Assuming you reload, For the second gun, I'd have to go with the .444 Marlin. Loaded down with 180gr cast leads for plinking...or load it hot as you can with 300+gr hardcasts for close range thick-skinners. Or go with a 240gr JHP - the versatility is amazing. A 180 gr bullet zipping along at 2400fps +
I'd not pick the venerable 30-06 for one main reason: close range stopping power on NA dangerous game such as bear. I wouldn't hesitate to trust a .30-06 at distance...but up close and personal I want a big, heavy, bone crushing bullet. Yes, the .444 really is limited to a 200 yard shot (trajectory limited)...but what it lacks in outright range it makes up for in maximal versatility.
So, my choices for a 2-gun rig would be .22wmr and .444.
Given an unlimited budget, I might say a .22 hornet in a Ruger and a .45-70 would be my choices instead.
September 8, 2006, 04:55 AM
I go with the flow; your favorite 22LR and which ever 30-06 you like or shoot best.
You compliment of rifles makes the choice somewhat difficult because I like the 22WMR possibility also as your current crop of 22LRs don't ring my chimes. Possibility is to sell all the 22's, and get a CZ which would work for all your 22 shooting from plinking to small game hunting.
On the rifle side, if you lean more toward long range or western US type hunting situations, I would lean toward the 300 Wby since you already have it. Ammo is always expensive though. Otherwise, one of your 30-06's should do the trick.
September 8, 2006, 09:13 AM
JK. (1) The Springfield (03?) in .30-06, since it's accurate for you, and (2) the .22 mag Ruger. I'm a fan of the .22mag for versatility. It can be pressed into service on animals the size of coyote/beaver/badger/wolverine, and even deer & antelope with head shots. But the .22lr is a close second place, and arguably a better choice, since it will destroy less meat on squirrels and such. You could also sub out the .444 Marlin for the .30-06, particularly if you like to get close to game before taking a shot - that's a close second place to one of the .30-06es.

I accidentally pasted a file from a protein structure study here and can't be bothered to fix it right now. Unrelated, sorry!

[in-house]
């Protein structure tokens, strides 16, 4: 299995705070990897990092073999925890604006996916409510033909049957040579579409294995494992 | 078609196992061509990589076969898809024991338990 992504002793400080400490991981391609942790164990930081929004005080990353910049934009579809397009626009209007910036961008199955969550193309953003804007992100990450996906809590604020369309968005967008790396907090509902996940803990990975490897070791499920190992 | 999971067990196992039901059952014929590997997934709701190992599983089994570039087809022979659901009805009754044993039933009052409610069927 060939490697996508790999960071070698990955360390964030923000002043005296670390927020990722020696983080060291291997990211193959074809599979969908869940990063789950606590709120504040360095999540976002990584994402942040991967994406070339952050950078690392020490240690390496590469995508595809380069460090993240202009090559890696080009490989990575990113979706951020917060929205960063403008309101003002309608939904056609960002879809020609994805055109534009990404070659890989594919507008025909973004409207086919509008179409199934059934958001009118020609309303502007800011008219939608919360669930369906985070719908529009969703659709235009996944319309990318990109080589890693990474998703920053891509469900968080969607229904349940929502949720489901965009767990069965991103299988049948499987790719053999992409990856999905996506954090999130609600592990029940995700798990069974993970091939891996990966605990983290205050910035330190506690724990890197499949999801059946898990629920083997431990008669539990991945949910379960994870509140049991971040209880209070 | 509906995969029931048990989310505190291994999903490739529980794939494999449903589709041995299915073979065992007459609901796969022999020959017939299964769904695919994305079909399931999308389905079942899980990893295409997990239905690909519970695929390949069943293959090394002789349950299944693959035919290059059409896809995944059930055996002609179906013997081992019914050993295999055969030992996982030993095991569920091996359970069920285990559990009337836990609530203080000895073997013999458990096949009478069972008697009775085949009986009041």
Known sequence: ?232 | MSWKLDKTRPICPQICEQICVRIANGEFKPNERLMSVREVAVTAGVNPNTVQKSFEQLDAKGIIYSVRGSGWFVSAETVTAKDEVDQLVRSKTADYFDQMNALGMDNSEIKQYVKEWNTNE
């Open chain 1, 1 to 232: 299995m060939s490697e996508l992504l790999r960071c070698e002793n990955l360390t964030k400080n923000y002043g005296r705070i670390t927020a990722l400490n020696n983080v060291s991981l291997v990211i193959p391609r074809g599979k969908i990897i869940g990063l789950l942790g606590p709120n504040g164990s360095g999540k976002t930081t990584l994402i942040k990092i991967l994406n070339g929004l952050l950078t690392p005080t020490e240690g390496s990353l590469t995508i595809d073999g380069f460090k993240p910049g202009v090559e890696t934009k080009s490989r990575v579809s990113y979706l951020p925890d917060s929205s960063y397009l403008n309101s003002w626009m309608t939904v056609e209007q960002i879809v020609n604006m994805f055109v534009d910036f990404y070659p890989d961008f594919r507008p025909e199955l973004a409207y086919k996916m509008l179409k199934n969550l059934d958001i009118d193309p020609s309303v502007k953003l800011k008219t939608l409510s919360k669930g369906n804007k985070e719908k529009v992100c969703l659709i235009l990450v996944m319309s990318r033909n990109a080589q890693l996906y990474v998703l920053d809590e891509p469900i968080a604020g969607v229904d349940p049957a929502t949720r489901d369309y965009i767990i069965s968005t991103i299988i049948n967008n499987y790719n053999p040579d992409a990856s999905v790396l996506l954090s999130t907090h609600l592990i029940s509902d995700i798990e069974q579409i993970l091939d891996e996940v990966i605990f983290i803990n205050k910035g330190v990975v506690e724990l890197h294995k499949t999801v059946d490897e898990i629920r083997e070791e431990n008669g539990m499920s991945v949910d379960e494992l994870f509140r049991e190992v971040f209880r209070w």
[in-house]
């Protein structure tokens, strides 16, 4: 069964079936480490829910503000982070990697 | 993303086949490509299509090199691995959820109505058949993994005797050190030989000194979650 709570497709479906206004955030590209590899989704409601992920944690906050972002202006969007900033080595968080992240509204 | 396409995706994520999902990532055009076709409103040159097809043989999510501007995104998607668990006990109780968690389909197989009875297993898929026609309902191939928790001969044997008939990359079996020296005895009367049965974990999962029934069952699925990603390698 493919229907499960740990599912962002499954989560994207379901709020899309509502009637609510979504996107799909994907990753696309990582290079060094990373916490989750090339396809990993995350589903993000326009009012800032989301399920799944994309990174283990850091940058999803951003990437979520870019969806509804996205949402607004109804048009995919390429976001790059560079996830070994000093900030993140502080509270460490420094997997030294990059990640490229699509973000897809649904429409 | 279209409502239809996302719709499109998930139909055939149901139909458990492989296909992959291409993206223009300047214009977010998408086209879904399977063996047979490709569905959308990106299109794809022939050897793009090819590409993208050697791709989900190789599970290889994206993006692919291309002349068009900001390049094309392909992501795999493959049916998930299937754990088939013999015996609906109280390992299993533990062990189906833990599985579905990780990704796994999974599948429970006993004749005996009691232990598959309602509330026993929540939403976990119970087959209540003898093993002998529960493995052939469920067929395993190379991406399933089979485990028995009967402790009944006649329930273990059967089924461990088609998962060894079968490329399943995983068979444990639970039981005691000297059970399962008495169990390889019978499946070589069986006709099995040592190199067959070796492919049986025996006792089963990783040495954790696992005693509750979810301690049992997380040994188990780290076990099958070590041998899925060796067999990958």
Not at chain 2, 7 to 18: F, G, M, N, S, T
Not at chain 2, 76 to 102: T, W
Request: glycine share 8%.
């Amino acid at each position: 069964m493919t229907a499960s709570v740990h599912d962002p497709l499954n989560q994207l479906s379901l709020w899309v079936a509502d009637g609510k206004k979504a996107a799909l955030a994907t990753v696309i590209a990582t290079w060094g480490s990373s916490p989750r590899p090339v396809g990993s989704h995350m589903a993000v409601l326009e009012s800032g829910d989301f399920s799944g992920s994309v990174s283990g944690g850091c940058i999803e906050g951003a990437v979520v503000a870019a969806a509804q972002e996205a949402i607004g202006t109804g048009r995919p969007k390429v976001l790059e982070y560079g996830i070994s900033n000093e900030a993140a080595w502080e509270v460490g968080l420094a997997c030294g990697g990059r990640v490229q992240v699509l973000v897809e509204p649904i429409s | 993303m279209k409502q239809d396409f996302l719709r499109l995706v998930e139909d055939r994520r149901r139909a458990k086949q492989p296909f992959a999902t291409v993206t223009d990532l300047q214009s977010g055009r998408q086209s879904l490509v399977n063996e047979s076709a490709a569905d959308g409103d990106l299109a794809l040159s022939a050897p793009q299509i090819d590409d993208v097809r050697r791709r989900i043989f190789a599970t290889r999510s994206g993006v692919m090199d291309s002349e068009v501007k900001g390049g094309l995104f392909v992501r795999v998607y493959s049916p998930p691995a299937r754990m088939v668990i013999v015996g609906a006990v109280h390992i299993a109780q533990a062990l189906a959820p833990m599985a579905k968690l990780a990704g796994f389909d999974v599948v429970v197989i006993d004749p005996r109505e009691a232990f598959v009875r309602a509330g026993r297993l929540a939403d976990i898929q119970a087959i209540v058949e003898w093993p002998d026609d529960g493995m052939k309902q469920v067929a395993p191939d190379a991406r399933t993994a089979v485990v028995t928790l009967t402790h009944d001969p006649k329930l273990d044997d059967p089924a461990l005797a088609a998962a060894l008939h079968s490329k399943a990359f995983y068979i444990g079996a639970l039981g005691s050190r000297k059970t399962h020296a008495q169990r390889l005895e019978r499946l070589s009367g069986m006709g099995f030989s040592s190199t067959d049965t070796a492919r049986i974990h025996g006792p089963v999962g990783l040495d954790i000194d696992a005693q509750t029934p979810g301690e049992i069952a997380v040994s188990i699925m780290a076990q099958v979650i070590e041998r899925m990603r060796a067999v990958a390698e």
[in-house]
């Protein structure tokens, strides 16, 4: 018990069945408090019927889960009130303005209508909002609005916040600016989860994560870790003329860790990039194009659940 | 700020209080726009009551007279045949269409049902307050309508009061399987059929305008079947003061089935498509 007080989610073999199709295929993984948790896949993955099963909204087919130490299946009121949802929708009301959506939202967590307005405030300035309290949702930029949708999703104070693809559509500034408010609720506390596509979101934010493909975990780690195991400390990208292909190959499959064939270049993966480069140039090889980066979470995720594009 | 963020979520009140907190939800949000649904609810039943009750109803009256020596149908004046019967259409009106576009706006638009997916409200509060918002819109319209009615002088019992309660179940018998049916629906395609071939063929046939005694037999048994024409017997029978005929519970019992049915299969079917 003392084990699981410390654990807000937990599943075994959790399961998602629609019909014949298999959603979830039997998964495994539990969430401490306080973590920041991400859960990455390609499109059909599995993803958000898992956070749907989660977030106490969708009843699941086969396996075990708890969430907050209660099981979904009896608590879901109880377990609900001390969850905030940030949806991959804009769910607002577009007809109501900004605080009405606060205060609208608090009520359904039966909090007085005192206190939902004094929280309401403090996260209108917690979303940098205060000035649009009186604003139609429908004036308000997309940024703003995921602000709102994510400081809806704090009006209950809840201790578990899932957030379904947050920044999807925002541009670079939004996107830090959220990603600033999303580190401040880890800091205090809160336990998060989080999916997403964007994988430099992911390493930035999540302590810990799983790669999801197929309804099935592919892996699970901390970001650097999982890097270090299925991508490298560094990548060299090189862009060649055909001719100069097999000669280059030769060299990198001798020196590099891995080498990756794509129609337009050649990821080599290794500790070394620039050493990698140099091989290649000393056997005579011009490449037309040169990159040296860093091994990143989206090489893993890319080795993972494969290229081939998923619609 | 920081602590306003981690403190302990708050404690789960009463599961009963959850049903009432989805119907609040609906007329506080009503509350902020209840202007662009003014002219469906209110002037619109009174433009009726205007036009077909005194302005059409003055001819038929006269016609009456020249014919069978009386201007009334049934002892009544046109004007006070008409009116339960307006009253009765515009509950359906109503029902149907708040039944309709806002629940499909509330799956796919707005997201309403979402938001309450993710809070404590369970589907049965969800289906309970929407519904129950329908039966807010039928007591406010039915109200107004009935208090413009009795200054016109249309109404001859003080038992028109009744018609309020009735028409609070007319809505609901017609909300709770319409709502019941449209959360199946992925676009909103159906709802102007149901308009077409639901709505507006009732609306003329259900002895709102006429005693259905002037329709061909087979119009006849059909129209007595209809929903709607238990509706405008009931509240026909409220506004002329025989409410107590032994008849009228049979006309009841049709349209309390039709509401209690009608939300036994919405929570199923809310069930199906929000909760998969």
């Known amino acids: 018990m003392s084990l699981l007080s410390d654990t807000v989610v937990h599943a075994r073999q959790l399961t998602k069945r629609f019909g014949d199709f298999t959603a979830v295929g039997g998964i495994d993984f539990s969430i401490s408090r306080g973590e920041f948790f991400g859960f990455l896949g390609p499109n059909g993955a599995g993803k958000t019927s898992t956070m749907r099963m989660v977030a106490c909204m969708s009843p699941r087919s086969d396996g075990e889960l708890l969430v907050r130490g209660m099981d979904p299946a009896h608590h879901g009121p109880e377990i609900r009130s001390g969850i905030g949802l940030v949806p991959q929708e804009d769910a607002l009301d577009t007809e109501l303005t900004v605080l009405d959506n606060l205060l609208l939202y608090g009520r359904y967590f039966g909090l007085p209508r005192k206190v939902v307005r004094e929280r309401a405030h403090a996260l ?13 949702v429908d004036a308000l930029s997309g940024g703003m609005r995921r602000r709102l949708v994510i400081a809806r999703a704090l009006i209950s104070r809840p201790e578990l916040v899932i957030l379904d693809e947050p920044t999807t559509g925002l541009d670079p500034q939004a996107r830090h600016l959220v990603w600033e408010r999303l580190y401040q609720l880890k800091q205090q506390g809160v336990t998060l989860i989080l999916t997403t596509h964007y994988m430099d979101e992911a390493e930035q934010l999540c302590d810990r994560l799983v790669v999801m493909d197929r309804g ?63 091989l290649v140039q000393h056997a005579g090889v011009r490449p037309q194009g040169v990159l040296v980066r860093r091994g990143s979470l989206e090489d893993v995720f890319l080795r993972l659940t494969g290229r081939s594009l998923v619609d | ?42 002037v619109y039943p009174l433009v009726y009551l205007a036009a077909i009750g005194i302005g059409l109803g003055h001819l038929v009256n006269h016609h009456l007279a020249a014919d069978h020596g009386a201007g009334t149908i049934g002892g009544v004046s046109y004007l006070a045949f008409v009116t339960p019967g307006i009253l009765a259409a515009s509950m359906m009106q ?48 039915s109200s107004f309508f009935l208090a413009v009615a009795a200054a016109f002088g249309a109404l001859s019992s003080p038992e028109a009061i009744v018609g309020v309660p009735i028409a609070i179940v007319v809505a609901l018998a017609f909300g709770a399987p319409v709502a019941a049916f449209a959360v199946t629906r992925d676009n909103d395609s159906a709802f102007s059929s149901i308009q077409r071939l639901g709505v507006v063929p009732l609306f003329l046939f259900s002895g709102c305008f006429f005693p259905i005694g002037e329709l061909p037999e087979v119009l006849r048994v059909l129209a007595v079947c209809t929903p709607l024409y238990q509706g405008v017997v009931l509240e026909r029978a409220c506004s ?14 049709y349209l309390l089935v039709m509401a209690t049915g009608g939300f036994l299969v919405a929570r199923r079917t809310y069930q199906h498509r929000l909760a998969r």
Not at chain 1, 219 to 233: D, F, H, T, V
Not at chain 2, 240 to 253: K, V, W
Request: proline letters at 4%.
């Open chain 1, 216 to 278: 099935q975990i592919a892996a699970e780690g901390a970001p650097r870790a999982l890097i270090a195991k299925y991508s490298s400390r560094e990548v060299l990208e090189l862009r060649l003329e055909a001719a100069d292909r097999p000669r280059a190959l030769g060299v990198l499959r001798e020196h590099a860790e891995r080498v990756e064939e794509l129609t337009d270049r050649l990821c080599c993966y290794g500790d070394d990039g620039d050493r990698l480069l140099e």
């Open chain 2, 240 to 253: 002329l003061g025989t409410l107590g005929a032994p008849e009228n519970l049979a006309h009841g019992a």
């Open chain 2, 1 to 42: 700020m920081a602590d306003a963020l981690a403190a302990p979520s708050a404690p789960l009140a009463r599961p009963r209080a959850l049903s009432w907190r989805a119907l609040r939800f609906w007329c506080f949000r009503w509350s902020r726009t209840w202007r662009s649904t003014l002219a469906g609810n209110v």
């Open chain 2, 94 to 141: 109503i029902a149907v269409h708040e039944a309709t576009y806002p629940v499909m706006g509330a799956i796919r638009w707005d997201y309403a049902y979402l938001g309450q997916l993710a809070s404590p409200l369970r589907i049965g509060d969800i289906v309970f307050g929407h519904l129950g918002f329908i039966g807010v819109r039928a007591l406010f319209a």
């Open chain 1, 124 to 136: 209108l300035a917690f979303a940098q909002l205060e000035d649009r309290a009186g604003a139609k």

I'm thinking that the .243 or .30 carbine with reduced loads thing is not gonna work too well, if you're on the road without your reloading equipment, and besides, you want to spend your time actually hunting and fishing, and not researching and working up and testing reduced loads. Besides, the point of impact is gonna change, so you'd have to move your sights or scope adjustment when switching.
September 8, 2006, 10:47 AM
I'm having difficulty deciding..........
it would either be .22lr and 30-06
or .22wmr and .444
or keep all 4 and have the .22lr, the .22wmr, 30-06 and .444 that would cover all areas of possible north american hunting scenarios. :)
September 8, 2006, 11:31 AM
September 8, 2006, 11:56 AM
or keep all 4 and have the .22lr, the .22wmr, 30-06 and .444 that would cover all areas of possible north american hunting scenarios.
Cheater! :p But that's what I'd do, too, if I could fit them in the van
It's pretty interesting to have a "just 1/2/3/4/5 gun" discussion that is actually real, not purely hypothetical.
john in jax
September 8, 2006, 12:03 PM
Thinking outside the box - - sell off the lighter calibers, buy one of the handi-rifle combos:
There are several choices, but I think the 22LR / .243 / 20ga combo would be a SMALL neat package that would really complement the .300 Weatherby or .30-06 of your choice.
September 8, 2006, 12:18 PM
Another vote for a .22 lr and a .30-06.
I'd pick a Ruger 10/22 and a Remington 7600.
September 8, 2006, 11:12 PM
J-jax, thats a great idea.
Even better might be a nice German Drilling - a double shotgun and a single rifle barell all tied into one.
September 9, 2006, 03:45 AM
What about a .32ACP chamber adapter for the 30-06 to take small game too big for the 22LR, (as well as anything that requires centerfire in the game regs) and a 22LR for everything else?
For that matter, what about a break over 12ga, and a whole bunch of the assorted 12ga drop in adapters for various calibers? Several of them have 6-10" barrels that fit inside the shotgun's barrel, though I don't know how accurate they would be.
September 9, 2006, 07:03 AM
To paraphrase Talorce 1 If you find you have no need for the Savage .22 drop me a line at [email protected]
September 9, 2006, 08:19 PM
First I want to thank everyone for their suggestions and advise and for taking the time to post.